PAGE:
In and Out of the Studio With the Highly Sought-After Lido

“The second you care about the song more than yourself in the room, the song becomes so much cooler.”

Posted in MusicWorld on March 20, 2019 by

Lido, the songwriter and producer revered for his drum work and stunning remixes, has come a long way from his tiny hometown in Norway. Having discovered gospel music through his father, Lido—born Peder Losnegård—had his musical sensibilities shaped by annual sojourns to the U.S. to see gospel performed in the South, as well as a drum kit an uncle gave him which ignited a fire that still burns hot today. With rave reviews for his inventive re-imaginings—like his eight-minute reinterpretation of Kanye West’s The Life of Pablo named The Life of Peder that got one million streams in 24 hours—as well as standout tracks for boundary-pushing artists such as Chance the Rapper and Jaden Smith, Lido is fast becoming an exciting global force in his own right.

Increasingly known for his production savvy, Lido was, by 2015, crafting remixes for artists such as Justin Timberlake and the Weeknd that earned him international acclaim and live gigs; that year he also executive produced Halsey’s 2015 debut Badlands. Lido produced two tracks on Chance’s GRAMMY-winning album Coloring Book and, following the release of his debut solo album Everything in 2016, he’s kept demand for his work high. He co-wrote and produced “The Distance” on Mariah Carey’s Caution, has co-production credits on Diplo’s newest, and he recently signed with Warner Bros. in A&R, and to produce Warner Bros. artists. BMI caught up with the very busy Lido in between studio sessions to talk about his trajectory, the power of the internet and the secret to great collaborations.

Your career trajectory has involved lots of continual learning, picking up new skills and instruments. What propels you to keep evolving as an artist?

I think it’s a general love for music and a general curiosity. I’m not the most streamlined person in terms of the music I create. I sort of create based on inspiration and I try to do so as purely as possible. That’s when then the music I truly love comes out. I try to do that as much as possible but that basically means you’ve got to let go a little bit of that control. I had love for a lot of different parts of music. I started out in the performance part; I was a drummer for a long time then realized that I really wanted to write music. I started doing production stuff, then realized I wanted to write lyrics. I think curiosity drove it first and foremost—just wanting to learn new stuff.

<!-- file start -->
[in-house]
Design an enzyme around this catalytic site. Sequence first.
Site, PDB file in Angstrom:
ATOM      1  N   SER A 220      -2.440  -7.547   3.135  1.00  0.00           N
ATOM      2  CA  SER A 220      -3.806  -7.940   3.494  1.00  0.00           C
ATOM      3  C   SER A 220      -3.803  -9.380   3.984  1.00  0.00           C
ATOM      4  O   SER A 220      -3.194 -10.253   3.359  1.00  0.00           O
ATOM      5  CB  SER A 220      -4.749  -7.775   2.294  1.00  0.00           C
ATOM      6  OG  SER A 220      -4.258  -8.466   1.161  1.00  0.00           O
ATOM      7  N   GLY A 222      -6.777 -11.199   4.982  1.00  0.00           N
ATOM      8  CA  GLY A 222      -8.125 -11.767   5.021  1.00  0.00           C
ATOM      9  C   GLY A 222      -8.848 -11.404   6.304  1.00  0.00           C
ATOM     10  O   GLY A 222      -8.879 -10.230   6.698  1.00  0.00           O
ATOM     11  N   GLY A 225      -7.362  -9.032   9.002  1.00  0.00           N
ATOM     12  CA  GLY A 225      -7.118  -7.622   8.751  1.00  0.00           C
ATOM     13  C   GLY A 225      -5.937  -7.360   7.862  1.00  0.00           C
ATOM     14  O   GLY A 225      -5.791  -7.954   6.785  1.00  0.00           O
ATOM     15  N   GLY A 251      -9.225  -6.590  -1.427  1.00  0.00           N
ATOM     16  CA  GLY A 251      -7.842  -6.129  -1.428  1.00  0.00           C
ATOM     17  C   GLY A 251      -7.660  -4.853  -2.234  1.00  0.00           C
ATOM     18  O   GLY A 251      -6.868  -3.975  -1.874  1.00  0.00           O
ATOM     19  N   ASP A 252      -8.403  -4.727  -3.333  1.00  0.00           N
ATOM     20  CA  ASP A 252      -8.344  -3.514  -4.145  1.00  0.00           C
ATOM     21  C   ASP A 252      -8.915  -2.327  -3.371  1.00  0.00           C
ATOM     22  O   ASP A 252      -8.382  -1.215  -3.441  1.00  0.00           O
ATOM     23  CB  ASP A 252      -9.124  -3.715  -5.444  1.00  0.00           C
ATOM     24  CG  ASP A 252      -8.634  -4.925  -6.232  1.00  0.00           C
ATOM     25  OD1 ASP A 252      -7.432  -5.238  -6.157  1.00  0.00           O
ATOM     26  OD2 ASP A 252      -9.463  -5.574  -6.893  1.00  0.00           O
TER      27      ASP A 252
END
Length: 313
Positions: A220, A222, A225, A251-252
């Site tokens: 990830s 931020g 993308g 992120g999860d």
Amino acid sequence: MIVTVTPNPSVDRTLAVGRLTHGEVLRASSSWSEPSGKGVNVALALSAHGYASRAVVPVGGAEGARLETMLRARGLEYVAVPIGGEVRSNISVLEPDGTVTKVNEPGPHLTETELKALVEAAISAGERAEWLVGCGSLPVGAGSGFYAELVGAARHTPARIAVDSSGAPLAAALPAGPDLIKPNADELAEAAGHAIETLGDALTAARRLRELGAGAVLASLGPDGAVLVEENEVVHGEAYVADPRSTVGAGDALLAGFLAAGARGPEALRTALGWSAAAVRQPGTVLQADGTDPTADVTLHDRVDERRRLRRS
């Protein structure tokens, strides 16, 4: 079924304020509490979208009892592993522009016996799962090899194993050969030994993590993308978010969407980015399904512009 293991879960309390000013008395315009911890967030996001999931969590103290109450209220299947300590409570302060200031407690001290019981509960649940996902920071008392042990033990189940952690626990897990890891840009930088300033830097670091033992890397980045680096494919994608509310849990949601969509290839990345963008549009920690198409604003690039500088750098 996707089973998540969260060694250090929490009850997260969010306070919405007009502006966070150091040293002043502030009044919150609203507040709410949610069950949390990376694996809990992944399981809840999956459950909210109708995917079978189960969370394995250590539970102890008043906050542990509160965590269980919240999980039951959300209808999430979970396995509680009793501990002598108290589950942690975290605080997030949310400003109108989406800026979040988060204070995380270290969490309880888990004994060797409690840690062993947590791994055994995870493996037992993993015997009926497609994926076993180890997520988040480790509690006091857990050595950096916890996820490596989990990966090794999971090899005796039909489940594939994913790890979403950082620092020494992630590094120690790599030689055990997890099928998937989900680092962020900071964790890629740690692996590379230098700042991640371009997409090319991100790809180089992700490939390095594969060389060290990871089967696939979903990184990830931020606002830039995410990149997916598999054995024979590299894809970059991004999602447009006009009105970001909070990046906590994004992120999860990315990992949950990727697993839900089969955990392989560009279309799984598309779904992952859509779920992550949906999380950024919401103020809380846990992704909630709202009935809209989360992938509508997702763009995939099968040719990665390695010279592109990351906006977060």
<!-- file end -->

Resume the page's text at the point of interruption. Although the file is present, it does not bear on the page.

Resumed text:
Gospel music was one of your early inspirations growing up in Norway. What about gospel informed your style and sensibility? Are there elements of it that show up in your music now?

I think a lot about gospel music as an influence on my style in general. It was kind of like an in-house influence. My dad was obsessed with gospel music when I was a kid. Pretty much the only music we were listening to in the house was gospel music. So that’s how I picked up the drums and you know, the first songs that I learned. It was kind of just my first impression of music in general, I think. So that definitely impacted the way that I look at music. And the songs that I write now, most people say there’s something about my chords that feel like gospel music very often. That’s probably the most obvious influence. But also, a lot of people know me for more surprising big hits and stabs and stops and stuff like that. I think I got a lot of that from gospel as well. It’s just kind of part of my foundation at this point.

You’ve performed all over the world and in some of the most interesting spaces, including Coachella. Do you have performance in mind while creating music?

Yeah, I do sometimes. I think that way with albums. I structure albums the same way I structure a concert. With the same sort of arc, the journey, the flow of a concert is how I think about putting together albums. So, I think I’m more inspired by live music rather than making music with the purpose of being played live.

You’re a model of how to be a ‘one man show’ but you’ve also done many fantastic collaborations, like those with Chance the Rapper, Diplo and Halsey. How do you adapt your creative process for working with other artists? What do you learn and how do you benefit as a result of working with other people?